The 14 3/4 Biggest Ideas of the Year July/August 2010

Boredom Is Extinct

People used to talk about boredom as though it were a thing, not a mood—a sort of physical object. It “descended” on you. You “escaped” from it, you “fled” it. Or you “dispelled” it, as though it were a fog. This wasn’t always easy to do; sometimes the boredom was just too thick, too “heavy.” Trapped in the back of a car on a long road trip, stuck on a flight without a book or magazine, or seated beside a dull stranger at a formal social gathering, the best you could do to “lift” the boredom, to muster a bit of leverage against its mass, was to imagine that you were somewhere else (or perhaps even someone else), doing something else.

But suddenly, this old-fashioned trick has become unnecessary. Thanks to Twitter, iPads, BlackBerrys, voice-activated in-dash navigation systems, and a hundred other technologies that offer distraction anywhere, anytime, boredom has loosened its grip on us at last—that once-crushing “weight” has become, for the most part, a memory. Even the worst blind dates don’t bore us now; we’re never more than a click away from freedom, from an instantaneous change of conversation partners.

But what else has been lost? Creativity, just maybe. Because when one thinks about the matter—though we really have no reason to think about the matter, or to think about anything since boredom disappeared—the keypad and the touch screen now do the work that used to be the business of the daydream. Remember daydreams? No, of course you don’t. How could you? Three new text messages have just arrived and another three, in a moment, will go out.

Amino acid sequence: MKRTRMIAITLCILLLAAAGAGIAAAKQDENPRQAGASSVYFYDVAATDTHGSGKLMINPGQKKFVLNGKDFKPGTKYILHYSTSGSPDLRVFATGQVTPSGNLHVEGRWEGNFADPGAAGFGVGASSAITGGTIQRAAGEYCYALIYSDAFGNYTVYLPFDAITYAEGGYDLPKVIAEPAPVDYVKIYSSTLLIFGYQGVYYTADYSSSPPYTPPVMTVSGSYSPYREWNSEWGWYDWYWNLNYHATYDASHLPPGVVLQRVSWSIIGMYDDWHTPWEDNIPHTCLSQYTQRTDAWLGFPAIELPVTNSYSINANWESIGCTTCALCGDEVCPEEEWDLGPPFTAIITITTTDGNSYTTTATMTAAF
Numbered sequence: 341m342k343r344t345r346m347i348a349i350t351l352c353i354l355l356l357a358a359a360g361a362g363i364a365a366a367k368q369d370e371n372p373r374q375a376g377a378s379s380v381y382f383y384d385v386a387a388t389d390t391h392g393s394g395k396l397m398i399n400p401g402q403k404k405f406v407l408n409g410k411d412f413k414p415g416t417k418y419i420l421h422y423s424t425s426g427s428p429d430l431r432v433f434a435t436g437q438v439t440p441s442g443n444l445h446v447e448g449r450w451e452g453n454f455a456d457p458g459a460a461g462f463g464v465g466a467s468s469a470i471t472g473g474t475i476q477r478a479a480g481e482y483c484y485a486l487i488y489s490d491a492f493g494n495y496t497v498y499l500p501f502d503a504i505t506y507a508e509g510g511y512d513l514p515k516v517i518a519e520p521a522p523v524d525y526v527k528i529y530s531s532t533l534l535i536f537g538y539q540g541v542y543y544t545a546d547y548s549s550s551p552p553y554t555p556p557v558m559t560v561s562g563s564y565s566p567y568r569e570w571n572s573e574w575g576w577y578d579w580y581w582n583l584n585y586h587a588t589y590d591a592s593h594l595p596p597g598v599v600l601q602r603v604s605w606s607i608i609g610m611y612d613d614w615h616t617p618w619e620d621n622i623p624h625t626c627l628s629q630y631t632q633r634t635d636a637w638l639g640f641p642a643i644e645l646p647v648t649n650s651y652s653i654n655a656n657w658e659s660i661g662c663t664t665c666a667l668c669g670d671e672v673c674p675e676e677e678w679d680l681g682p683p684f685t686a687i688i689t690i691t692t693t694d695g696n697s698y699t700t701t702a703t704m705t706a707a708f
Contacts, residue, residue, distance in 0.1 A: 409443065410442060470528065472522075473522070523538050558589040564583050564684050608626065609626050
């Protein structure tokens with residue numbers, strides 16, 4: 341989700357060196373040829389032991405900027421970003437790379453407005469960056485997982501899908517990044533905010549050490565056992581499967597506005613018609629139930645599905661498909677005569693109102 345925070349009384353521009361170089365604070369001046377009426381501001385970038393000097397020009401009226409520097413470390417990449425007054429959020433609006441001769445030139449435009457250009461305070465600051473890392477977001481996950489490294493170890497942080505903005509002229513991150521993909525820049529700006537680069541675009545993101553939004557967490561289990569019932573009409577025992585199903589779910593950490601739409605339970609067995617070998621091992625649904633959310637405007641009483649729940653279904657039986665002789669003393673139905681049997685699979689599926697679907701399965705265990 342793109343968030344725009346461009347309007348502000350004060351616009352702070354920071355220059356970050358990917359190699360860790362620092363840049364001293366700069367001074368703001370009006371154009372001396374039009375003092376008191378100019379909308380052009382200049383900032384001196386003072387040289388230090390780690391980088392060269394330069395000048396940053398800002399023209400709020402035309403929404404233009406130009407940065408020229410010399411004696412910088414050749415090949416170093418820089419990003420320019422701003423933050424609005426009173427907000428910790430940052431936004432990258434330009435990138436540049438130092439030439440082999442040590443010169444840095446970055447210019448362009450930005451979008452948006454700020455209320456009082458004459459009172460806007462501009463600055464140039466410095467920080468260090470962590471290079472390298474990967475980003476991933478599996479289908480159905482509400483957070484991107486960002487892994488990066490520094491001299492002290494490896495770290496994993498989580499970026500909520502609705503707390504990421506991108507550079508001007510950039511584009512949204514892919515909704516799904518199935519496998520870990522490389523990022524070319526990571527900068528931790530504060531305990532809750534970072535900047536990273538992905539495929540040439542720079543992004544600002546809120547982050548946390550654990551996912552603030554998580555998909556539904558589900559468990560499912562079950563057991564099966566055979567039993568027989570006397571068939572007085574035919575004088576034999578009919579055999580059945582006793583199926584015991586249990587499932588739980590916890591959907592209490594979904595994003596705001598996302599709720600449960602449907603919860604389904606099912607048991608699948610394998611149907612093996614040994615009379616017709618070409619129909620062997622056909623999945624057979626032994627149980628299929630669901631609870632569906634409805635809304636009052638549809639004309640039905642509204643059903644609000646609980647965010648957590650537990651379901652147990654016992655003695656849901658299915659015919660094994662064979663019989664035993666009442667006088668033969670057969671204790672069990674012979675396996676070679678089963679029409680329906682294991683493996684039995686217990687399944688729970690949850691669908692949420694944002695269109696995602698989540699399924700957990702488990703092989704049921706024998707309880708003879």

14 3/4. Reefer Sanity
by Joshua Green
7. Information Wants to Be Paid For
by Walter Isaacson
14. It’s Too Easy Being Green
by Kai Ryssdal
6. The Kids Aren’t All Right
by David Leonhardt
13. Teachers Are Fair Game
by David Brooks
5. Bonfire of the Knuckleheads
by Jeffrey Goldberg
12. The Rise of the Drones
by Martha Raddatz
4. The Power of No
by Michael Kinsley
11. Obama Is No Liberal
by James Bennet
3. Boredom is Extinct
by Walter Kirn
10. The Triumph of Free Speech
by Jeffrey Rosen
America Is No. 2
by James Fallows
9. The Catholic Church Is Finished
by Ross Douthat
1. The End of Men
by Hanna Rosin
8. Deficits Matter
by Megan McArdle
PLUS: More Ideas of the Year
From TARP to sleeping with Tiger Woods
Presented by

Walter Kirn is the author of Up in the Air.

How to Cook Spaghetti Squash (and Why)

Cooking for yourself is one of the surest ways to eat well. Bestselling author Mark Bittman teaches James Hamblin the recipe that everyone is Googling.

Join the Discussion

After you comment, click Post. If you’re not already logged in you will be asked to log in or register.

blog comments powered by Disqus

Video

How to Cook Spaghetti Squash (and Why)

Cooking for yourself is one of the surest ways to eat well.

Video

Before Tinder, a Tree

Looking for your soulmate? Write a letter to the "Bridegroom's Oak" in Germany.

Video

The Health Benefits of Going Outside

People spend too much time indoors. One solution: ecotherapy.

Video

Where High Tech Meets the 1950s

Why did Green Bank, West Virginia, ban wireless signals? For science.

Video

Yes, Quidditch Is Real

How J.K. Rowling's magical sport spread from Hogwarts to college campuses

Video

Would You Live in a Treehouse?

A treehouse can be an ideal office space, vacation rental, and way of reconnecting with your youth.

More in Entertainment

More back issues, Sept 1995 to present.

Just In